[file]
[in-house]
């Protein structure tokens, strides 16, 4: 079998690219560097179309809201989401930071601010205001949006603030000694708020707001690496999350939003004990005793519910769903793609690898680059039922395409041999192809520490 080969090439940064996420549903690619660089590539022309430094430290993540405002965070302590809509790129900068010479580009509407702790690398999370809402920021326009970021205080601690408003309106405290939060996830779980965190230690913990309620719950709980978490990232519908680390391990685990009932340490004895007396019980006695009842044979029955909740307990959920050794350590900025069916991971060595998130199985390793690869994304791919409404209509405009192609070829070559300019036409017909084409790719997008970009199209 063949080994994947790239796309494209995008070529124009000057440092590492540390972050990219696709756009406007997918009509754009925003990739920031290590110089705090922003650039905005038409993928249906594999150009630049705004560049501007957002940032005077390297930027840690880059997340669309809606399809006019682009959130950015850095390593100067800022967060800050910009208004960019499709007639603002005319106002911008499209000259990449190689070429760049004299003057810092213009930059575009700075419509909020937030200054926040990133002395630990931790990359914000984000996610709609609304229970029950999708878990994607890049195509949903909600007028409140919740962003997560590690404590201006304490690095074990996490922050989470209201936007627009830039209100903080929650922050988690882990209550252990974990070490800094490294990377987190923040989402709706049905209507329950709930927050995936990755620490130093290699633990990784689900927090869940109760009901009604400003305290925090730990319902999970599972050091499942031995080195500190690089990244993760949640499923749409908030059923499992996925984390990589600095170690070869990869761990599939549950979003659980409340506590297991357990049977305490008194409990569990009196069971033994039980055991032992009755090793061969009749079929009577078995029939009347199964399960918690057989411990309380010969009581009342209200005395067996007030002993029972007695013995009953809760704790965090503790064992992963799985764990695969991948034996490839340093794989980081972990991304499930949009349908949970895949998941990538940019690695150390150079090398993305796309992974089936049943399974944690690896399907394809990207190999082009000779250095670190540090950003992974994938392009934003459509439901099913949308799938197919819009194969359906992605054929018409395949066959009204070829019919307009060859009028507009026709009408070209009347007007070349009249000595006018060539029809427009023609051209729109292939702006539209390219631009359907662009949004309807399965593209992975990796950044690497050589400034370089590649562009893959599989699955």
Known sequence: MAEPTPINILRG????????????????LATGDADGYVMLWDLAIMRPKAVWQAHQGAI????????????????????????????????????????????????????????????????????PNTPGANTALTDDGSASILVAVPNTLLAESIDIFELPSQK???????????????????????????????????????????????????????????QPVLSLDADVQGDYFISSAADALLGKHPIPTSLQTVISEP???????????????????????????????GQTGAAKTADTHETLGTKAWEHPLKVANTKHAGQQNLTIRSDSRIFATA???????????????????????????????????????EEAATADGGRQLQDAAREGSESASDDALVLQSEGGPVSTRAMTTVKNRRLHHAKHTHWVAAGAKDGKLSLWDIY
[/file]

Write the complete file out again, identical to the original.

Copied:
[in-house]
């Protein structure tokens, strides 16, 4: 079998690219560097179309809201989401930071601010205001949006603030000694708020707001690496999350939003004990005793519910769903793609690898680059039922395409041999192809520490 080969090439940064996420549903690619660089590539022309430094430290993540405002965070302590809509790129900068010479580009509407702790690398999370809402920021326009970021205080601690408003309106405290939060996830779980965190230690913990309620719950709980978490990232519908680390391990685990009932340490004895007396019980006695009842044979029955909740307990959920050794350590900025069916991971060595998130199985390793690869994304791919409404209509405009192609070829070559300019036409017909084409790719997008970009199209 063949080994994947790239796309494209995008070529124009000057440092590492540390972050990219696709756009406007997918009509754009925003990739920031290590110089705090922003650039905005038409993928249906594999150009630049705004560049501007957002940032005077390297930027840690880059997340669309809606399809006019682009959130950015850095390593100067800022967060800050910009208004960019499709007639603002005319106002911008499209000259990449190689070429760049004299003057810092213009930059575009700075419509909020937030200054926040990133002395630990931790990359914000984000996610709609609304229970029950999708878990994607890049195509949903909600007028409140919740962003997560590690404590201006304490690095074990996490922050989470209201936007627009830039209100903080929650922050988690882990209550252990974990070490800094490294990377987190923040989402709706049905209507329950709930927050995936990755620490130093290699633990990784689900927090869940109760009901009604400003305290925090730990319902999970599972050091499942031995080195500190690089990244993760949640499923749409908030059923499992996925984390990589600095170690070869990869761990599939549950979003659980409340506590297991357990049977305490008194409990569990009196069971033994039980055991032992009755090793061969009749079929009577078995029939009347199964399960918690057989411990309380010969009581009342209200005395067996007030002993029972007695013995009953809760704790965090503790064992992963799985764990695969991948034996490839340093794989980081972990991304499930949009349908949970895949998941990538940019690695150390150079090398993305796309992974089936049943399974944690690896399907394809990207190999082009000779250095670190540090950003992974994938392009934003459509439901099913949308799938197919819009194969359906992605054929018409395949066959009204070829019919307009060859009028507009026709009408070209009347007007070349009249000595006018060539029809427009023609051209729109292939702006539209390219631009359907662009949004309807399965593209992975990796950044690497050589400034370089590649562009893959599989699955």
Known sequence: MAEPTPINILRG????????????????LATGDADGYVMLWDLAIMRPKAVWQAHQGAI????????????????????????????????????????????????????????????????????PNTPGANTALTDDGSASILVAVPNTLLAESIDIFELPSQK???????????????????????????????????????????????????????????QPVLSLDADVQGDYFISSAADALLGKHPIPTSLQTVISEP???????????????????????????????GQTGAAKTADTHETLGTKAWEHPLKVANTKHAGQQNLTIRSDSRIFATA???????????????????????????????????????EEAATADGGRQLQDAAREGSESASDDALVLQSEGGPVSTRAMTTVKNRRLHHAKHTHWVAAGAKDGKLSLWDIY